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Election robocall defense targets Maryland anti-fraud law

Steve Lash//Daily Record Legal Affairs Writer//February 6, 2012

Election robocall defense targets Maryland anti-fraud law

By Steve Lash

//Daily Record Legal Affairs Writer

//February 6, 2012

A Baltimore judge is weighing the constitutionality of Maryland election law’s anti-fraud provisions, as a political operative stands trial for allegedly conspiring and attempting to sabotage Democratic Gov. Martin O’Malley’s 2010 re-election with robocalls urging Democrats to stay home and watch their victory on TV.

Defendant Julius Henson’s lawyer told Judge Emanuel Brown on Monday that the law’s “vague” prohibition on the use of fraud to deter voter turnout violates the constitutional right to free speech. That First Amendment right is particularly strong when the speech at issue is part of a political campaign, attorney Edward Smith Jr. said.

But Deputy State Prosecutor Thomas M. “Mike” McDonough countered that the election law is “narrowly tailored” to accomplish two ends.

“The First Amendment does not protect fraudulent speech,” McDonough told Brown. “The statute could not be more narrowly drawn” to protect both the right to free speech and the right to vote, McDonough added.

The motion was one of several heard on what was scheduled to be the first day of Henson’s trial in Baltimore City Circuit Court.

The judge ended the day without ruling on the motions, telling both sides to return on Tuesday morning.

A similar challenge to the law’s constitutionality failed in November when it was tried by lawyers for Henson’s alleged co-conspirator, Paul E. Schurick, former campaign manager for former Gov. Robert L Ehrlich Jr., O’Malley’s re-election opponent.

Baltimore City Circuit Judge Lawrence P. Fletcher-Hill rejected the argument and a jury convicted Schurick of four counts: “attempting to influence a voter’s decision whether to go to the polls to cast a vote through the use of fraud;” sending robocalls without an “authority line” to inform voters the calls were made at the Ehrlich campaign’s behest; and conspiring with Henson on each of those counts.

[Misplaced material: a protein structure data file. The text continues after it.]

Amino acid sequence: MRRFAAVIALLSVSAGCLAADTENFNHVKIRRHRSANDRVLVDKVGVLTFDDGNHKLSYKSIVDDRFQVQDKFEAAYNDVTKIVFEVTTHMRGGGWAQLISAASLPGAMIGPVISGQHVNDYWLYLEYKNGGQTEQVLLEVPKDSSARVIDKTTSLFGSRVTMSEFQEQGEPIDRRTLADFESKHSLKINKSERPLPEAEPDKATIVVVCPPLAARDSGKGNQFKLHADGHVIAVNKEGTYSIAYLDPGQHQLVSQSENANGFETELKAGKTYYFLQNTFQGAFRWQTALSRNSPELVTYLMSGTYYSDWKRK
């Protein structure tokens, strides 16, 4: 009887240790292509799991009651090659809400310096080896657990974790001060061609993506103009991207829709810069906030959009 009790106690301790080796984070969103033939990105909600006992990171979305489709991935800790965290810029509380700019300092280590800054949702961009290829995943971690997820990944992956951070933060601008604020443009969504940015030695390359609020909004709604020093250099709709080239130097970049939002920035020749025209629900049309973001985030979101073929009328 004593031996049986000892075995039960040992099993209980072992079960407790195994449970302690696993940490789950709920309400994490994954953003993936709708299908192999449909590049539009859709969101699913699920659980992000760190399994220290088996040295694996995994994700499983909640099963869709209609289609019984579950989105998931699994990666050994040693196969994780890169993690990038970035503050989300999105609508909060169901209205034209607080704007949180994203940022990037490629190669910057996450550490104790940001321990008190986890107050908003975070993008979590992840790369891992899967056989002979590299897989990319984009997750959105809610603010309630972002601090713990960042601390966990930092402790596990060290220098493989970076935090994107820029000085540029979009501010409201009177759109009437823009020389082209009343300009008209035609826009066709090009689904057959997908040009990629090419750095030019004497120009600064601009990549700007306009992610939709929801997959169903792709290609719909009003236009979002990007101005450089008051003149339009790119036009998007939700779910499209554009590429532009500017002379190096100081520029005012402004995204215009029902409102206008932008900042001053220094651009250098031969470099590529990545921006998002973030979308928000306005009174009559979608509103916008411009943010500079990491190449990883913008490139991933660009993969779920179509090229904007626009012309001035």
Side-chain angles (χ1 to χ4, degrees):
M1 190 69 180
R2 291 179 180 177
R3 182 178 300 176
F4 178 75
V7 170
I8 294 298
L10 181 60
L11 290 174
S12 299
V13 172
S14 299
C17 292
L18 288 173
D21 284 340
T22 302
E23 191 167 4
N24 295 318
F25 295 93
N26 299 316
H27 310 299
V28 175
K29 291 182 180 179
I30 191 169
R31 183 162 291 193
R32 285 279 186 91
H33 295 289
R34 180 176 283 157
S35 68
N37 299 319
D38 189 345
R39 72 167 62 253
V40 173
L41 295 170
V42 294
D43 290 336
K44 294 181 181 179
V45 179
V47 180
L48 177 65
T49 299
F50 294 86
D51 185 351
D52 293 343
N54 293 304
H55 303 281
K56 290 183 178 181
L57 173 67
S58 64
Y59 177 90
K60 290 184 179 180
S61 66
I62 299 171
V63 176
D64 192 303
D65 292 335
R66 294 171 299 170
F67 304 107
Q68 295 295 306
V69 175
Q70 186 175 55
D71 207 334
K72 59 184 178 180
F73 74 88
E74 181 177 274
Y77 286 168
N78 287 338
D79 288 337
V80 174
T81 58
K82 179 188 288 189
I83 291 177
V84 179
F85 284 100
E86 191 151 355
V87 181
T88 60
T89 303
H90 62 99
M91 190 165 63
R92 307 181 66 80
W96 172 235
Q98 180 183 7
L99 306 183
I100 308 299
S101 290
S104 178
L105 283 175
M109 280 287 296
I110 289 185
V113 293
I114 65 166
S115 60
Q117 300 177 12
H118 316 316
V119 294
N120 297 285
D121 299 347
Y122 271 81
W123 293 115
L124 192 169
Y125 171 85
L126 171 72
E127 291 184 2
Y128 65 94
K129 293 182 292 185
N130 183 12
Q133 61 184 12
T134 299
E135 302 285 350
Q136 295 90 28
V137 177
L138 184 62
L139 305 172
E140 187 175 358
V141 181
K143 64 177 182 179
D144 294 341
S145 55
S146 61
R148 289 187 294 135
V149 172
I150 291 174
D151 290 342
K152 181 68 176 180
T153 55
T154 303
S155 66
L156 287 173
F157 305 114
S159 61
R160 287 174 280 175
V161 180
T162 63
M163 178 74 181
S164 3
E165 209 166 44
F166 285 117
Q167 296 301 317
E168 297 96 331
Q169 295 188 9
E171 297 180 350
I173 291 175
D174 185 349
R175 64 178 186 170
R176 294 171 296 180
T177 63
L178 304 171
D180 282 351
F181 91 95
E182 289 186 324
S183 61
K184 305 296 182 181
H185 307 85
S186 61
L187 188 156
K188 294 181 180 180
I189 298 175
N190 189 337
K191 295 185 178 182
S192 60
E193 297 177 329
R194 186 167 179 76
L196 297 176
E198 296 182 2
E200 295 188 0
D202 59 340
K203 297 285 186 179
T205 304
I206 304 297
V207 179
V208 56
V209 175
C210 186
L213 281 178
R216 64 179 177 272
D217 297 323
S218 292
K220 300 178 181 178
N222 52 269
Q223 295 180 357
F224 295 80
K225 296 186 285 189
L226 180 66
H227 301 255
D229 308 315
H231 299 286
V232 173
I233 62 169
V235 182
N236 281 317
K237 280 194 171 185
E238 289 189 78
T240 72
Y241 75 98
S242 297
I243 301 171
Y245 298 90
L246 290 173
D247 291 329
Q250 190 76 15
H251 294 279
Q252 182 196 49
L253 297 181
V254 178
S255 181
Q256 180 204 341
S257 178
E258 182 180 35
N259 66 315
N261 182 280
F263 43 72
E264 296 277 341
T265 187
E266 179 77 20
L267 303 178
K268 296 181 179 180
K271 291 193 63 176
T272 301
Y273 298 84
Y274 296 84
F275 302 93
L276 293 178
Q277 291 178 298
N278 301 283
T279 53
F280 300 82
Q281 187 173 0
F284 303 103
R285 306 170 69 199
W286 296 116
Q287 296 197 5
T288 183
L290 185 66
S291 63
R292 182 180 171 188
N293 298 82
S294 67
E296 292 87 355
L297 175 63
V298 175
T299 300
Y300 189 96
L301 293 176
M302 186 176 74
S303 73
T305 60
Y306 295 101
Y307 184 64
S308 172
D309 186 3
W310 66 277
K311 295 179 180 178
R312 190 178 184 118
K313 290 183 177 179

Schurick, 55, faces up to 12 years in prison when he is sentenced Feb. 16. His lead attorney, A. Dwight Pettit, has vowed to challenge the law’s constitutionality on appeal.

Henson, 62, faces the same charges, as well as a count of conspiring to violate Maryland election laws generally, a charge that Fletcher-Hill had dismissed in Schurick’s case.

Maryland State Prosecutor Emmet C. Davitt and McDonough plan to argue at Henson’s trial, as they did at Schurick’s, that Henson was retained by the Ehrlich campaign ostensibly to reach out to the black community.

But, with that community firmly in O’Malley’s camp, Schurick and Henson conspired on Election Day to suppress the black vote in Baltimore and Prince George’s County by telling registered Democrats there that the election was won and their votes were unnecessary, prosecutors allege.

As part of the conspiracy, the two men retained LLC, a Pennsylvania company that provides telephone broadcasting services, to send out the pre-recorded message to a specified list of telephone numbers, prosecutors say.

“Hello. I’m calling to let everyone know that Gov. O’Malley and President Obama have been successful,” the message stated. “Our goals have been met. The polls were correct and we took it back. We’re OK. Relax. Everything is fine. The only thing left is to watch it on TV tonight. Congratulations and thank you.”

According to the prosecution, the automated calls were made to 112,544 registered Democrats in Baltimore and Prince George’s County before the polls closed on Nov. 2, 2010.

On Monday, Henson’s lawyer told Brown that the controversial telephone message was “political speech” in the heat of a campaign.

“Political speech is fundamental to the center of this democracy,” said Smith, a Baltimore solo practitioner. “The fullest protection in the republic is the right to political speech.”

McDonough, the deputy state prosecutor, countered that Maryland’s election law is intended to achieve the state’s “compelling interest” in protecting Marylanders’ right to vote against efforts to suppress that right through fraudulent statements.

Henson’s trial was originally slated to begin Nov. 15 — before Schurick’s — but was rescheduled for Feb. 6 after the assigned judge, Charles J. Peters, recused himself because he had been appointed to the bench by O’Malley just the previous year.

Brown, the current judge, was appointed by O’Malley in December 2007.


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